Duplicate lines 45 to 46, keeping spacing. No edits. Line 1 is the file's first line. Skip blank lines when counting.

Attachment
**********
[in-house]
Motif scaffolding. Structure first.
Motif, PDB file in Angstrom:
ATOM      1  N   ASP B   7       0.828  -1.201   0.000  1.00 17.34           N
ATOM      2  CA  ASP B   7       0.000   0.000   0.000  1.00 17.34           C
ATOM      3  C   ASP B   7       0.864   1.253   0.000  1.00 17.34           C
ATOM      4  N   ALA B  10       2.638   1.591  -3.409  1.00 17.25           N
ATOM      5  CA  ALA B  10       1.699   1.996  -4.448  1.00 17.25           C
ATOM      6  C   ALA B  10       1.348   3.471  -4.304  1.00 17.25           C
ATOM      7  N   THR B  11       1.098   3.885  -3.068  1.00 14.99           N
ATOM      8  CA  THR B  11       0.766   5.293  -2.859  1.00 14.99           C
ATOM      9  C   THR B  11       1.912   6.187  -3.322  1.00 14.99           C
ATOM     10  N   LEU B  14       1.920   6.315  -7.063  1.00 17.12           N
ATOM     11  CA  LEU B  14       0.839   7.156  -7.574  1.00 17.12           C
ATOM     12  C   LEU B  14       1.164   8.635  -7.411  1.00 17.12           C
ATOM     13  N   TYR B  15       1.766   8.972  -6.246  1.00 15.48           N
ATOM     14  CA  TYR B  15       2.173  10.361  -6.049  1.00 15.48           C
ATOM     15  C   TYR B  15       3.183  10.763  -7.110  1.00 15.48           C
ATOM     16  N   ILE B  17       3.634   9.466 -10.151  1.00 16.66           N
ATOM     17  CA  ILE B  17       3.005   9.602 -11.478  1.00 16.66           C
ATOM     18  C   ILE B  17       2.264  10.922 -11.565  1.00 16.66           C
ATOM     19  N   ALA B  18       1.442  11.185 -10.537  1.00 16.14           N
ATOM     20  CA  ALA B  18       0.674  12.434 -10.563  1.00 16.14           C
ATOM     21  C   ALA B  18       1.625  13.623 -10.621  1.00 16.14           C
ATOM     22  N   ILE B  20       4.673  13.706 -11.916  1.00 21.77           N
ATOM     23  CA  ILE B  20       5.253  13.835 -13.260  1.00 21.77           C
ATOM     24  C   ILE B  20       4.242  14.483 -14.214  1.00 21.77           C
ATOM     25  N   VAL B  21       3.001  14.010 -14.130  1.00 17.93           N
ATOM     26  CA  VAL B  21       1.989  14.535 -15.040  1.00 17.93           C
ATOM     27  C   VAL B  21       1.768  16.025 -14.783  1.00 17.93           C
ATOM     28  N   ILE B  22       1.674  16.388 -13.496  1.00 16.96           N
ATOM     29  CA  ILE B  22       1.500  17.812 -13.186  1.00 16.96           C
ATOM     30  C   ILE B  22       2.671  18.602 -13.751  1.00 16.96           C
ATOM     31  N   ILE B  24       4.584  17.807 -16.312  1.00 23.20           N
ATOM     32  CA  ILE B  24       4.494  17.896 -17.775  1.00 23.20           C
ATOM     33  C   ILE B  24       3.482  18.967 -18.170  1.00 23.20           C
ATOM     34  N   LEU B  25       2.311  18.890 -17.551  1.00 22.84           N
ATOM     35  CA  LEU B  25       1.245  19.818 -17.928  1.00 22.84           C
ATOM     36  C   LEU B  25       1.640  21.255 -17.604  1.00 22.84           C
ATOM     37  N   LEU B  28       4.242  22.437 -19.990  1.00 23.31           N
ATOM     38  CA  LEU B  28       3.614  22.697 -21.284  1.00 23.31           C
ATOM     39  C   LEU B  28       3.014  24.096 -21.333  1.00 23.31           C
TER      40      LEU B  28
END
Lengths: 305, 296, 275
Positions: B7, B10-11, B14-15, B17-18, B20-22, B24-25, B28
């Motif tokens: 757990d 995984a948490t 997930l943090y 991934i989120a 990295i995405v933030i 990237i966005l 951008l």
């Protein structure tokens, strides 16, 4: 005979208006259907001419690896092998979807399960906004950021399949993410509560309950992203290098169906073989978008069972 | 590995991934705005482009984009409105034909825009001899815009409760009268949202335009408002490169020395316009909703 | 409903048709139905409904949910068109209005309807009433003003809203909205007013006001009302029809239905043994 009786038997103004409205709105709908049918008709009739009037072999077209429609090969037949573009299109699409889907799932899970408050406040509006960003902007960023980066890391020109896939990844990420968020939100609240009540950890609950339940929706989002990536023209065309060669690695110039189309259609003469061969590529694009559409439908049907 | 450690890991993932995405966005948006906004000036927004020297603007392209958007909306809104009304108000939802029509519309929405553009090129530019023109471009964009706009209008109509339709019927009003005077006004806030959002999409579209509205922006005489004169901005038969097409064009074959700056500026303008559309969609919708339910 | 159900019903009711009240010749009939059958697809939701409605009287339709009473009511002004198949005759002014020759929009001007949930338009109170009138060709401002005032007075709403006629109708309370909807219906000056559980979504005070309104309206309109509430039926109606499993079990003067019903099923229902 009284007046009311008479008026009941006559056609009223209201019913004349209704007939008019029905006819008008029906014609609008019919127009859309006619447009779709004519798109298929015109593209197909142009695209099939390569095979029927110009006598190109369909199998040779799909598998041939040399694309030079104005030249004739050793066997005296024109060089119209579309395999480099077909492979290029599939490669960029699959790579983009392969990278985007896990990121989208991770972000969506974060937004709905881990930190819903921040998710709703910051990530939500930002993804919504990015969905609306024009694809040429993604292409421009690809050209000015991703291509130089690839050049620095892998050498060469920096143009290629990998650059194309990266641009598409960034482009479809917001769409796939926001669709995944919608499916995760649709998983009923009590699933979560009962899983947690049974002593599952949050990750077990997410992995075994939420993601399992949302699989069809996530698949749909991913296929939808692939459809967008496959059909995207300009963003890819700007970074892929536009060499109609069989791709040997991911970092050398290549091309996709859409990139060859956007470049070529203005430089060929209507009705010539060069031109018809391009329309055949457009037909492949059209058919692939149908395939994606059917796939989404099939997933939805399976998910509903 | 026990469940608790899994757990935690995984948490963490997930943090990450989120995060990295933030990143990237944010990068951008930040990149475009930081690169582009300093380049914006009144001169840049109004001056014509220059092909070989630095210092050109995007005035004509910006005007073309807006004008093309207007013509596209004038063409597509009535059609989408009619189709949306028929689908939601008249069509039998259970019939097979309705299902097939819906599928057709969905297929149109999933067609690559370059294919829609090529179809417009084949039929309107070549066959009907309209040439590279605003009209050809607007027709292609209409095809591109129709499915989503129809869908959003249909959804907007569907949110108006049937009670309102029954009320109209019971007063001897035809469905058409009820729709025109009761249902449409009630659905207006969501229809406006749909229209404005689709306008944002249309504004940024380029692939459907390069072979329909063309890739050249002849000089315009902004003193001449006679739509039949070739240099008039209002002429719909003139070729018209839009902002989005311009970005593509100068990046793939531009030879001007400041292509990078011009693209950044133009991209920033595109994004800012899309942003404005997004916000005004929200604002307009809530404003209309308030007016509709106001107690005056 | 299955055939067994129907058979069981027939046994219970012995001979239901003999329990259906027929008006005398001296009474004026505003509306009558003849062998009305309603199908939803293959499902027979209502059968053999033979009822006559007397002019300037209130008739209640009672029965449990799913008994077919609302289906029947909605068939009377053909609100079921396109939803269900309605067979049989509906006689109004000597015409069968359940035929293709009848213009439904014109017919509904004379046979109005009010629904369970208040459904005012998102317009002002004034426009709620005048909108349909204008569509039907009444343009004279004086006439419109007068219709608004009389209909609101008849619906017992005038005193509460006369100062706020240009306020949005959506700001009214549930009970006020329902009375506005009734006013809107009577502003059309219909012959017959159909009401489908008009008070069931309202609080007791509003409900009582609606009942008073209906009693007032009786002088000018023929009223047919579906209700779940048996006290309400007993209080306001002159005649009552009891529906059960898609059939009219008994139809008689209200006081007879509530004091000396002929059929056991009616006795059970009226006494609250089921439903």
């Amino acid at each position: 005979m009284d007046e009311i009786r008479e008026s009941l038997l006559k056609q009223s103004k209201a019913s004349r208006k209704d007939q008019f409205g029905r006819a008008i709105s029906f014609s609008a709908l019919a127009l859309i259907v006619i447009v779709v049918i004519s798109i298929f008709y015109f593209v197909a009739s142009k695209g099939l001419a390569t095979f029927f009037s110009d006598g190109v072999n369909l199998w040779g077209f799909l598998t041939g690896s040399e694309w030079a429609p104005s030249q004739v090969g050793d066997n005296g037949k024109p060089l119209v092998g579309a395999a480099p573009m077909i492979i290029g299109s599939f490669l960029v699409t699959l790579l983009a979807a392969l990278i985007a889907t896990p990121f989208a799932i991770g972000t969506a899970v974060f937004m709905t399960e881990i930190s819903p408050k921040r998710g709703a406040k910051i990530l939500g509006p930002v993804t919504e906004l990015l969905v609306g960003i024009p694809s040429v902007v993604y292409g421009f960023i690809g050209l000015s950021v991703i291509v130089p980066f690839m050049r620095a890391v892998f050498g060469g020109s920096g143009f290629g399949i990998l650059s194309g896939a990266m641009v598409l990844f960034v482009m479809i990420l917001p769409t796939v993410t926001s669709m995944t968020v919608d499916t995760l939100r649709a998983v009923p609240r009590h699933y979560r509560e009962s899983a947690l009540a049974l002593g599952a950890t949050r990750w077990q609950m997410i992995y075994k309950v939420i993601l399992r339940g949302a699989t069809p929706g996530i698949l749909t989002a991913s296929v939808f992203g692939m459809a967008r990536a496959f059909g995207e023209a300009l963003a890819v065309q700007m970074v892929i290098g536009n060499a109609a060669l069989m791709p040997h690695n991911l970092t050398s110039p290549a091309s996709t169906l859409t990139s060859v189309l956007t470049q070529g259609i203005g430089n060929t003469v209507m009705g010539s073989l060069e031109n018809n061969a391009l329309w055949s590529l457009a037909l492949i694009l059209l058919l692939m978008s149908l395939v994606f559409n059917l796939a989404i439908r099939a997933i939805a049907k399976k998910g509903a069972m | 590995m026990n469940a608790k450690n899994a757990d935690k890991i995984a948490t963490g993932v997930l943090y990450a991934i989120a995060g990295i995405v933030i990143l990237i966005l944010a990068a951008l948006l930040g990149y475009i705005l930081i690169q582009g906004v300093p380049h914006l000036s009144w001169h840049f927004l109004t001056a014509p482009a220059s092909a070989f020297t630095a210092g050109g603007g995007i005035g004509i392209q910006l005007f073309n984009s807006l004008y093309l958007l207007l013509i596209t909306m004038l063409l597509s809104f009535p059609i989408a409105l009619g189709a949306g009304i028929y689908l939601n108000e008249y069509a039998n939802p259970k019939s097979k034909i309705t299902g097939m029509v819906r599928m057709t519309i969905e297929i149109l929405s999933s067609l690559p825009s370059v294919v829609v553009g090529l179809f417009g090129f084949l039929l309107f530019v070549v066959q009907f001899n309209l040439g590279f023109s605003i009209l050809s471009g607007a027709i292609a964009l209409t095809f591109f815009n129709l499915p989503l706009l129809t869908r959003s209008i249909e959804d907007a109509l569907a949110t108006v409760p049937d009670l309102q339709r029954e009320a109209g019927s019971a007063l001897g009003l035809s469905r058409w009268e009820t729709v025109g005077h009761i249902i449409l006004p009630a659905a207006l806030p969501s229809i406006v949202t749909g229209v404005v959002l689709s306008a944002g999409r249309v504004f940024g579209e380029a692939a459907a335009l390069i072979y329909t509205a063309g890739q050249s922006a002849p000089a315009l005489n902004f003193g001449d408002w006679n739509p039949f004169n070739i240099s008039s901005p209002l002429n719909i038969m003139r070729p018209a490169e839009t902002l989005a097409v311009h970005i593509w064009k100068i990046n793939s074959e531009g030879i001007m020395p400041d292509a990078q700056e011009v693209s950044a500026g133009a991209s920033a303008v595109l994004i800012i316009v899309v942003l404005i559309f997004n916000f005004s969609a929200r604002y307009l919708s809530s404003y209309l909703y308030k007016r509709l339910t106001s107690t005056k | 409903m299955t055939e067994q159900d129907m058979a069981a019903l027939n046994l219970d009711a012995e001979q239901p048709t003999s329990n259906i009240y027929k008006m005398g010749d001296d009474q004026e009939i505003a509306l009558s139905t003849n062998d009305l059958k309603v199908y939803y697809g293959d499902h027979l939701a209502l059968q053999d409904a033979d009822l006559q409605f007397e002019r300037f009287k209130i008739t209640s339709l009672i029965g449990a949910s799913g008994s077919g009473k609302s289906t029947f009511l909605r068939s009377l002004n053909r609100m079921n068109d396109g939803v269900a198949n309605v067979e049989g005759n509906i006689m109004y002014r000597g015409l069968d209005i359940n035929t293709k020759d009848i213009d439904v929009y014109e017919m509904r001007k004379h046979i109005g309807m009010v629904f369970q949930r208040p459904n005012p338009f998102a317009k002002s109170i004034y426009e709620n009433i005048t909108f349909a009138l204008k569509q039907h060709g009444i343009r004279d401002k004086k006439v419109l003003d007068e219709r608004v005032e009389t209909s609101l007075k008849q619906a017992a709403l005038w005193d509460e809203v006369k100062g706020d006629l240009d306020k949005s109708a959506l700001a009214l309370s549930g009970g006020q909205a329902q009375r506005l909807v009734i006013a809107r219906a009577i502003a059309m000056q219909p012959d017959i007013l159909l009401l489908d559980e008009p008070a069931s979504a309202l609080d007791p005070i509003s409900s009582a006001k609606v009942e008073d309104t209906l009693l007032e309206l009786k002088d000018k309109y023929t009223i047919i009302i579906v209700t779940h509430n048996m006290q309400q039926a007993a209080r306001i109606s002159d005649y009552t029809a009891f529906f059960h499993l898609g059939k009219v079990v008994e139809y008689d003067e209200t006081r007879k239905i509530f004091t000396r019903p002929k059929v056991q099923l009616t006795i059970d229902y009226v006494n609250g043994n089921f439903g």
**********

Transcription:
Lengths: 305, 296, 275
Positions: B7, B10-11, B14-15, B17-18, B20-22, B24-25, B28